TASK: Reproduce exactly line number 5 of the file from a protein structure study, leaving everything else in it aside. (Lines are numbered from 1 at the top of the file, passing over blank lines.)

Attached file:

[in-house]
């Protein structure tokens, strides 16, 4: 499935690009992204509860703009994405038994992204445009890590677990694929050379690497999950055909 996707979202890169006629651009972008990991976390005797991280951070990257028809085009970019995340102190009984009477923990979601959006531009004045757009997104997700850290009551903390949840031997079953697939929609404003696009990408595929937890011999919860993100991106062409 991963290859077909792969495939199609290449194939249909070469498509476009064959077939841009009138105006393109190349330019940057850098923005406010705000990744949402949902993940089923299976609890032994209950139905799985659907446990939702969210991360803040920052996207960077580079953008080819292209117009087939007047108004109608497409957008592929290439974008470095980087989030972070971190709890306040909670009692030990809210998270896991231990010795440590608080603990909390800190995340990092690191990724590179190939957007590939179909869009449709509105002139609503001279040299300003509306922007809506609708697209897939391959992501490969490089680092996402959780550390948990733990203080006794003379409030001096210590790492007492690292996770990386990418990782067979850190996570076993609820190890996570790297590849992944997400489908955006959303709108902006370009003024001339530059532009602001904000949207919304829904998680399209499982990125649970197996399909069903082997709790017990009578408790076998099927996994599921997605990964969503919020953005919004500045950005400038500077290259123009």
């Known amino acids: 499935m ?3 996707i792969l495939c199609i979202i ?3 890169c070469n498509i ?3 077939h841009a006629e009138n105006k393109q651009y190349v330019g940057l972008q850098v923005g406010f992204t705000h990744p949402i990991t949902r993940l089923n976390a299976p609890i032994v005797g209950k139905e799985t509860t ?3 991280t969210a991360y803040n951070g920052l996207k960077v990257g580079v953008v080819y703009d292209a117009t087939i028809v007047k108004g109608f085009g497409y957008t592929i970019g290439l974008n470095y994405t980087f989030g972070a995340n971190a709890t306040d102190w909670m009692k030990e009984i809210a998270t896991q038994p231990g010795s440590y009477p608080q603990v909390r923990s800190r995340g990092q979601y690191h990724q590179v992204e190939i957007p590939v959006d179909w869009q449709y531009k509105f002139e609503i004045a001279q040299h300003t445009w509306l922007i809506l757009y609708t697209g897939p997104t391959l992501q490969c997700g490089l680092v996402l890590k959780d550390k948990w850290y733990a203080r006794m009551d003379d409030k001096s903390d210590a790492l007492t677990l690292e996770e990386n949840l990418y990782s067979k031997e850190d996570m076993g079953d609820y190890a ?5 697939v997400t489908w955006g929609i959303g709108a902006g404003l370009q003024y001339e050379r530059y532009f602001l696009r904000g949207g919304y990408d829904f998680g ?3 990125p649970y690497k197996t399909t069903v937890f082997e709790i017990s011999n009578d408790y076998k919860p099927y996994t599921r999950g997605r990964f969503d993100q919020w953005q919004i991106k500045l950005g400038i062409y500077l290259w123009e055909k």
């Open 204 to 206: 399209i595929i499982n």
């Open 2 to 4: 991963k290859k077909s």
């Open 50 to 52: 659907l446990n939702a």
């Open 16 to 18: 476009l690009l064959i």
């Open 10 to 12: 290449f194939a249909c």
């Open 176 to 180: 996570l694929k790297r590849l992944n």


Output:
């Open 2 to 4: 991963k290859k077909s």